by Betsy Herbert
published 11/26/2011 in the Santa Cruz Sentinel
Two Sundays ago, I set out for the 10th annual Green Festival at the San Francisco Concourse Exhibition Center. Billed as “the nation’s premier sustainability event,” the Green Festival is an extravaganza of organic food, green building, urban farming, solar energy, green jobs, electric cars, and sustainable clothing.
The Green Festival is a joint project of Green America and Global Exchange, two non-profits that work to connect ecological sustainability with economics and social justice.
I was glad I arrived early because the venue was jammed within a couple of hours. The 350 exhibits and 120 speakers can be overwhelming. But…I knew what I was looking for and I made a bee-line for the green building exhibits to learn about some of the new trends in graywater and rainwater catchment systems.
I found a do-it-yourself (DIY) workshop that explained in a straightforward way how to install a simple low-tech “Laundry to Landscape” system, which automatically divert graywater discharged from your washing machine outside to water your garden. The Soquel Creek Water District offer a $75 rebate when you install a simple “Laundry to Landscape” system. No permit is required, but you must meet city or county guidelines (http://sccounty01.co.santa-cruz.ca.us/eh/WR/WR03410.pdf) and follow the plumbing code. For more information check out the Central Coast Graywater Alliance (http://www.ecoact.org/Programs/Pollution_Prevention/Graywater/index.htm).
I found several Green Festival exhibits showcasing the latest rainwater catchment systems, which collect rainwater from roofs to use later for landscape irrigation. Since we’re near the beginning of the rainy season, it’s a great time to install one. Rebates for different types of rainwater catchment systems are offered by both Scotts Valley Water District and Soquel Creek Water District.
This is also the right time of year to plant a water-smart garden and/or replace your lawn--the thirstiest part of any landscape--with drought tolerant plants or artificial turf. Most water agencies offer rebates for lawn replacement…check your local water agency website. For photos of gorgeous local water-smart gardens and endless ideas for what to plant where, check (http://www.santacruz.watersavingplants.com/).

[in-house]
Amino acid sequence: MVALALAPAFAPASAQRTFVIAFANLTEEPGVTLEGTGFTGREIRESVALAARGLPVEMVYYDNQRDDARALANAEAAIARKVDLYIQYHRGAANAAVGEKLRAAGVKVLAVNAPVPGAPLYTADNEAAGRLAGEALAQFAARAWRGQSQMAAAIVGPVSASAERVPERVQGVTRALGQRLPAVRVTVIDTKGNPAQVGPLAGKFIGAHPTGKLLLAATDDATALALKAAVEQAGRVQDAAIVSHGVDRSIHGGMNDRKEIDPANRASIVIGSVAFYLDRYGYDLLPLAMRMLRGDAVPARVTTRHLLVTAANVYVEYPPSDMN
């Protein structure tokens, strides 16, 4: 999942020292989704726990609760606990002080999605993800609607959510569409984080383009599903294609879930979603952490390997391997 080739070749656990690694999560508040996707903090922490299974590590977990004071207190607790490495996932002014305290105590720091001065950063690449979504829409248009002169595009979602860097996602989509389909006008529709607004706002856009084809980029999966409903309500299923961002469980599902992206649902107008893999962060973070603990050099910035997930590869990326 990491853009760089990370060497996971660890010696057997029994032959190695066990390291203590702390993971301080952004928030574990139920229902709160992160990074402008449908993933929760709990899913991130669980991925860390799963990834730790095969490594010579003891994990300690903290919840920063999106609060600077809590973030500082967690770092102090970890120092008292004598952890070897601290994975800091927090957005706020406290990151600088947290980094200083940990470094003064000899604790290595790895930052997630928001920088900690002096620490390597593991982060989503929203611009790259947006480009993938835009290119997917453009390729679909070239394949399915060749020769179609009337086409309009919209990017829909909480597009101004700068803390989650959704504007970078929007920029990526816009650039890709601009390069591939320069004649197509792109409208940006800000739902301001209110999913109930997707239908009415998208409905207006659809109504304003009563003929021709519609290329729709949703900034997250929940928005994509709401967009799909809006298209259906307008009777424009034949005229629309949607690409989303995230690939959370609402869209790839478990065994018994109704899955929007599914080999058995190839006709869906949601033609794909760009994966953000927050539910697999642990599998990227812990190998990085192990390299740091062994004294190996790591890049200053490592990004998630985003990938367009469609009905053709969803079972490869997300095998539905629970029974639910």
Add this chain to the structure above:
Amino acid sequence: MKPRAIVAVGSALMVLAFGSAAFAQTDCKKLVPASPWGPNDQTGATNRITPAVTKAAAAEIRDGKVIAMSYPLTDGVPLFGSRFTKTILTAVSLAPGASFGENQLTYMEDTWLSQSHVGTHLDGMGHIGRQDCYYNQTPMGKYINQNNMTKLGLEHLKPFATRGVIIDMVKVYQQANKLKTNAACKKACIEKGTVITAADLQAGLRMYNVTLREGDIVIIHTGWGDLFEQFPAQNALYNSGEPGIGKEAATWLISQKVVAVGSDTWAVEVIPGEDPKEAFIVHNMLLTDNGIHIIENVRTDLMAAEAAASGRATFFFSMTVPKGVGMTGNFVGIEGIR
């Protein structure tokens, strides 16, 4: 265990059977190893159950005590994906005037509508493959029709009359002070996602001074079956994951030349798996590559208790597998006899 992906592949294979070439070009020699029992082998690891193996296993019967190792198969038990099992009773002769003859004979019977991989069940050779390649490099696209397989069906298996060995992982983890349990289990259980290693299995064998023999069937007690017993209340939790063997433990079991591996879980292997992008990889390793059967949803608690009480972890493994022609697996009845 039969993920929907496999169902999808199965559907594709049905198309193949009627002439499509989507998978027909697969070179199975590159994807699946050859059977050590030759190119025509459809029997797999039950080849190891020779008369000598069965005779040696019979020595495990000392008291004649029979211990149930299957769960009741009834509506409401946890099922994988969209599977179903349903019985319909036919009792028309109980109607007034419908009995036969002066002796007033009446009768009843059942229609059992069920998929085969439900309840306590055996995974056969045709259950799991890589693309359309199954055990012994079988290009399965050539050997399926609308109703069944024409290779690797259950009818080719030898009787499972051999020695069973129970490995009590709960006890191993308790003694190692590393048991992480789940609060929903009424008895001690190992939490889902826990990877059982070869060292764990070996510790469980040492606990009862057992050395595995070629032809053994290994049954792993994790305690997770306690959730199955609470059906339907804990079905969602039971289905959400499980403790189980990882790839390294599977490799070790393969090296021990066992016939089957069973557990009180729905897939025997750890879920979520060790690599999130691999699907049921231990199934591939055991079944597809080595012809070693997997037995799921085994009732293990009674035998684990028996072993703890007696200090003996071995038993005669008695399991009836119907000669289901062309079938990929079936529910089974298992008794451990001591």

After my hectic Green Festival experience, I needed to get outside and enjoy a peaceful hike on one of our beautiful open spaces here in Santa Cruz. I was walking along the Spring Trail in the Pogonip, a favorite of many hikers and dog walkers, when I came across a work party organized by Friends of the Pogonip. They were ripping out an invasive plant known as “sticky snakeweed,” trying to stop it before it invaded and choked the creek. Thanks to Peter and Celia Scott for organizing this, and to all the folks out there getting dirty and doing us all a favor. If you’d like to pitch in and help on future weed pulls, check out the Friends of Pogonip website (http://pogonipwatch.org).
More environmental news of note . . . On November 8, the Santa Cruz County Board of Supervisors unanimously approved a resolution requesting Governor Jerry Brown to take a second look at the safety of methyl iodide, a soil fumigant approved for agricultural use in California during Governor Arnold Schwarzenhegger’s term. Methyl iodide was approved to replace the widely used toxic methyl bromide, which is being phased out because it depletes the earth’s ozone layer. Trouble is, the replacement methyl iodide is even more toxic, a listed carcinogen and known water pollutant with high health risks. The resolution urges the governor to re-evaluate, on a scientific basis, the registration of methyl iodide for agricultural use in California (http://sccounty01.co.santa-cruz.ca.us/).